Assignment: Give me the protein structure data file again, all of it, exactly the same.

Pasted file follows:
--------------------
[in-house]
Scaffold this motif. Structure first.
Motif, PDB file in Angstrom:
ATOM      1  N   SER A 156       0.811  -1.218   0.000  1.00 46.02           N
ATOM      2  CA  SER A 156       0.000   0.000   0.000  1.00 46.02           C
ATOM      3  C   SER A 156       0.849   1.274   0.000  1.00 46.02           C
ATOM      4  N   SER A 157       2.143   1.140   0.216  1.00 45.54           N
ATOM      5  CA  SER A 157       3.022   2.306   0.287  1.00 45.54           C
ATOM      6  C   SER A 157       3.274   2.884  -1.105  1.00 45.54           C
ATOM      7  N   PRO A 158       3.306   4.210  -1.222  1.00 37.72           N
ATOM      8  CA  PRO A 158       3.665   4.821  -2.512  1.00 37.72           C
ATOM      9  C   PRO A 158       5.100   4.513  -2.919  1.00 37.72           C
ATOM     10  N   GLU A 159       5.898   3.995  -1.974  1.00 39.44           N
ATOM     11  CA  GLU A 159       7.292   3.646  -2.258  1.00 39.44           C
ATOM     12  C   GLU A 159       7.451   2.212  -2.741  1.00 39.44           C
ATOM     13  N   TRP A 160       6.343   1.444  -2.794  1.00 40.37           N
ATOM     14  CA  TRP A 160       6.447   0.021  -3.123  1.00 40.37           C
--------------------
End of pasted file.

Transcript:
[in-house]
Scaffold this motif. Structure first.
Motif, PDB file in Angstrom:
ATOM      1  N   SER A 156       0.811  -1.218   0.000  1.00 46.02           N
ATOM      2  CA  SER A 156       0.000   0.000   0.000  1.00 46.02           C
ATOM      3  C   SER A 156       0.849   1.274   0.000  1.00 46.02           C
ATOM      4  N   SER A 157       2.143   1.140   0.216  1.00 45.54           N
ATOM      5  CA  SER A 157       3.022   2.306   0.287  1.00 45.54           C
ATOM      6  C   SER A 157       3.274   2.884  -1.105  1.00 45.54           C
ATOM      7  N   PRO A 158       3.306   4.210  -1.222  1.00 37.72           N
ATOM      8  CA  PRO A 158       3.665   4.821  -2.512  1.00 37.72           C
ATOM      9  C   PRO A 158       5.100   4.513  -2.919  1.00 37.72           C
ATOM     10  N   GLU A 159       5.898   3.995  -1.974  1.00 39.44           N
ATOM     11  CA  GLU A 159       7.292   3.646  -2.258  1.00 39.44           C
ATOM     12  C   GLU A 159       7.451   2.212  -2.741  1.00 39.44           C
ATOM     13  N   TRP A 160       6.343   1.444  -2.794  1.00 40.37           N
ATOM     14  CA  TRP A 160       6.447   0.021  -3.123  1.00 40.37           C